CARB Holds Workshop to Discuss "Performance-Based Options" for Solar Glazing Regulations; Final Draft to be Released by End of October
September 17, 2009

The California Air Resources Board is holding a workshop today in El Monte, Calif., to discuss the Performance-Based option for the recently adopted "Cool Cars" regulations, which call for enhanced auto glass to reduce the use of air conditioners in vehicles in the state. CARB calls for total solar energy that enters a vehicle through the glass to be reduced by 2014 using both solar-absorbing and infrared-reflective glass.

The regulations call for an even further reduction of solar energy by 2016-using either solar-absorbing or infrared-reflective glass or "a combination of technologies that result in equivalent reduction in solar heat gain." The aim of today's workshop is to discuss a test by which the "equivalent reduction in solar heat gain" can be measured.

The group is proposing two tests for the temperature based metric-one for stationary parked cars, and one for moving vehicles. In addition, CARB is proposing a possible CO2-based test, which would measure the vehicle's internal temperature and differences in CO2 emissions to reach a "comfortable temperature," according to today's presentation.

There are still many questions to be answered, though, if the CO2 test were adopted-such as what a comfortable temperature is, what test cycle would be used, and how the test correlates to actual driving conditions, according to a presentation from CARB.

The group also notes that a CO2 test could be somewhat complex and costly, and would need to be in place by the middle of 2016.

The final text of the regulation is scheduled to be released by the end of October, at which point a 15-day comment period will begin. The final regulation must be approved by May 2010, according to information from CARB, so it can be submitted to the full Board for review in summer 2010.

In the current draft of the regulation, the first tier of the current regulation draft calls for the following: 50 percent TTS through the windshield, 60 percent TTS through the sidelites and backlites and 30 percent TTS through sunroofs. The second tier calls for a further reduction of TTS-to 40 percent in 2016, for all except the sunroof, for which CARB calls for 30 percent TTS in 2016, or a combination of technologies to achieve the equivalent result.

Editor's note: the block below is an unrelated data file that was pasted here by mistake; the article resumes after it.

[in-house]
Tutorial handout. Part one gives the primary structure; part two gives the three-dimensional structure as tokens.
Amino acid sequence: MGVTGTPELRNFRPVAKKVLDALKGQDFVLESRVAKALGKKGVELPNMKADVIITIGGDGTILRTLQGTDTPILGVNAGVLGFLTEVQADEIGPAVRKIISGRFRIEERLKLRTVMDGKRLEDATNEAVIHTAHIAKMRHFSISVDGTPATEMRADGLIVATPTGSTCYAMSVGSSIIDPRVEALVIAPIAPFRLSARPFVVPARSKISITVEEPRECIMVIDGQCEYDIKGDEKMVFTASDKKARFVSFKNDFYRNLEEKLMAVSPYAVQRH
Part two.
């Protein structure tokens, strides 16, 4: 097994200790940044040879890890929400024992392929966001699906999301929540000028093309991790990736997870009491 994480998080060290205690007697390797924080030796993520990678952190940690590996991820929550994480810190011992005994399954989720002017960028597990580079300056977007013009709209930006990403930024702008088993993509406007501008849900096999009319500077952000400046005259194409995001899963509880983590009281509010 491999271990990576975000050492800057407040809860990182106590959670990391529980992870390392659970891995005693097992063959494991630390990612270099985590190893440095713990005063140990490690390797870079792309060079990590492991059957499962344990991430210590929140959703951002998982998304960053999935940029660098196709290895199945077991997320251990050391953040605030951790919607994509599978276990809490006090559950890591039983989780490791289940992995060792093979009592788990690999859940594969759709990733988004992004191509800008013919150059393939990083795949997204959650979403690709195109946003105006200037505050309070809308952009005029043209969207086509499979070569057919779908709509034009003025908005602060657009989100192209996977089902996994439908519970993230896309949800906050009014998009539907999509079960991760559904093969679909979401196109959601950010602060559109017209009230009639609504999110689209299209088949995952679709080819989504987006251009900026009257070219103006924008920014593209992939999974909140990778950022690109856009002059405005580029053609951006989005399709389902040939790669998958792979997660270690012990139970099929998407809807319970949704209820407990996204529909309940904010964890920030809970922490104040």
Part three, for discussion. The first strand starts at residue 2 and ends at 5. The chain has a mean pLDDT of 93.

The regulations initially focused on the use of reflective paints, but during their development, the paints effort was dropped and glazing requirements were added. The regulations came about as a result of California AB 32, a bill passed in 2006 aimed at reducing the state's greenhouse emissions. The goal of the glass regulations is to reduce the load on a vehicle's air conditioner by cooling the vehicle through the glass.

The regulations were then extended to include a possible equivalent for the 2016 phase, during the June hearing during which the board voted to adopt the regulations, at the suggestion of several in attendance, including CARB member John Balmes.

"I feel much more comfortable with performance-based standards were there are alternatives available, because I just think we get into trouble when we try to be too prescriptive about any one specific technology," he said.

Another board member noted at that time that by extending the regulations beyond the glass, it opens it up for something the entire nation might take on.

"But if our true goal is to reduce greenhouse gases, I think the most important thing we can do is to write a regulation that … is not just used in California but is used throughout the United States," said CARB member John Telles. "And if we have something that is too prescriptive or whatever, that is not being-that cannot be incporated in the rest of the United States-then we-then we haven't really accomplished our goal. We've just kind of put a little bit of water in the bucket, but didn't fill the bucket."

CLICK HERE for full text of today's presentation.

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